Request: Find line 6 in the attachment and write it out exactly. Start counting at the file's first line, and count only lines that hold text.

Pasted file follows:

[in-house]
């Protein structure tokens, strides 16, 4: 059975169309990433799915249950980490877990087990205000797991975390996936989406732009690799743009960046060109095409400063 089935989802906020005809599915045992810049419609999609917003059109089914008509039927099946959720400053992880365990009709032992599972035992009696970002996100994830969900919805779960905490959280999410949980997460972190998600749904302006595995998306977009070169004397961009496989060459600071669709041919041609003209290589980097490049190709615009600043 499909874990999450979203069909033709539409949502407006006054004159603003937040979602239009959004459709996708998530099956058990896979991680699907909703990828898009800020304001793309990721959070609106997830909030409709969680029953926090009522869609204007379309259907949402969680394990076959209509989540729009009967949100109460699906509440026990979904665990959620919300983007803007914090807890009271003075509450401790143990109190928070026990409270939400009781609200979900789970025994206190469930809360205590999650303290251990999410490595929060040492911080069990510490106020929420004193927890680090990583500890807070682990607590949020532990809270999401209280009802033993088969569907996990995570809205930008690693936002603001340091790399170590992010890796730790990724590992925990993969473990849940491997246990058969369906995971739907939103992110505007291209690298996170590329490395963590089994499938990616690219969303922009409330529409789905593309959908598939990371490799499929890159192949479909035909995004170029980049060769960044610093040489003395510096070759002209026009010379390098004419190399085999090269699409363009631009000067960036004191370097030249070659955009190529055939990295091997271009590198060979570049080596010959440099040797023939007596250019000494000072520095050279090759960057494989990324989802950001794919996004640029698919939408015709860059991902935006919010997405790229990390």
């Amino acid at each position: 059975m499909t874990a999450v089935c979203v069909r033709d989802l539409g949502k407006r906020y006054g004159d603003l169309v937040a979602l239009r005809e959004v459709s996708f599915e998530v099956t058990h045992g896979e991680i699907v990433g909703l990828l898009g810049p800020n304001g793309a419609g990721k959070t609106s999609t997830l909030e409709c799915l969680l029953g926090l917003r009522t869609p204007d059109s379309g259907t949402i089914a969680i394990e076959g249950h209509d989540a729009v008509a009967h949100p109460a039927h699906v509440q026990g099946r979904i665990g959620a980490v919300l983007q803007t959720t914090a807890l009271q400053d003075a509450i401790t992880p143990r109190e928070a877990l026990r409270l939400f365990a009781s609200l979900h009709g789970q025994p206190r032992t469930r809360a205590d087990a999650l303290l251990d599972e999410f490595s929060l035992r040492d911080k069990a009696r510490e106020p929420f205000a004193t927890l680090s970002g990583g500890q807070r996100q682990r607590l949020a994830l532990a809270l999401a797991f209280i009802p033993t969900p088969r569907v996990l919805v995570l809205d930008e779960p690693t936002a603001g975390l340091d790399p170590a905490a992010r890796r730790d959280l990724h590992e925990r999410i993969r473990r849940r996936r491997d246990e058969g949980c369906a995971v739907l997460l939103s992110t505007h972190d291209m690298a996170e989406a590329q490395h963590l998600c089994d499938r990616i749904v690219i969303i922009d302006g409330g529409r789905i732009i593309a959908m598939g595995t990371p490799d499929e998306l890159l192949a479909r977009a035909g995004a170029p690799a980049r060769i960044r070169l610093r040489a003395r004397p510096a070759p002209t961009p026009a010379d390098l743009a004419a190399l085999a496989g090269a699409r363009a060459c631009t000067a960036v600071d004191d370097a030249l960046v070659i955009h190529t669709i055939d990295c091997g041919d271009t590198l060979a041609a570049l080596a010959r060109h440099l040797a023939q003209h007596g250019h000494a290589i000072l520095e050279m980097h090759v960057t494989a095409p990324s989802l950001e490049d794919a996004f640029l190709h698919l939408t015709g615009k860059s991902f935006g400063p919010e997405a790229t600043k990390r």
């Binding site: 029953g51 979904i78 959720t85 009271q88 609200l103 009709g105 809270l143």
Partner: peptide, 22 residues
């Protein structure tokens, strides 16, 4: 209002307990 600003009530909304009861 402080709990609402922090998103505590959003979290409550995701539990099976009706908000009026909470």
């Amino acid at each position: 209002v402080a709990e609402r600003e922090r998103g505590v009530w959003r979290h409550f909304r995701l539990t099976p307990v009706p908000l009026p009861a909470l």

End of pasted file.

């Protein structure tokens, strides 16, 4: 209002307990 600003009530909304009861 402080709990609402922090998103505590959003979290409550995701539990099976009706908000009026909470």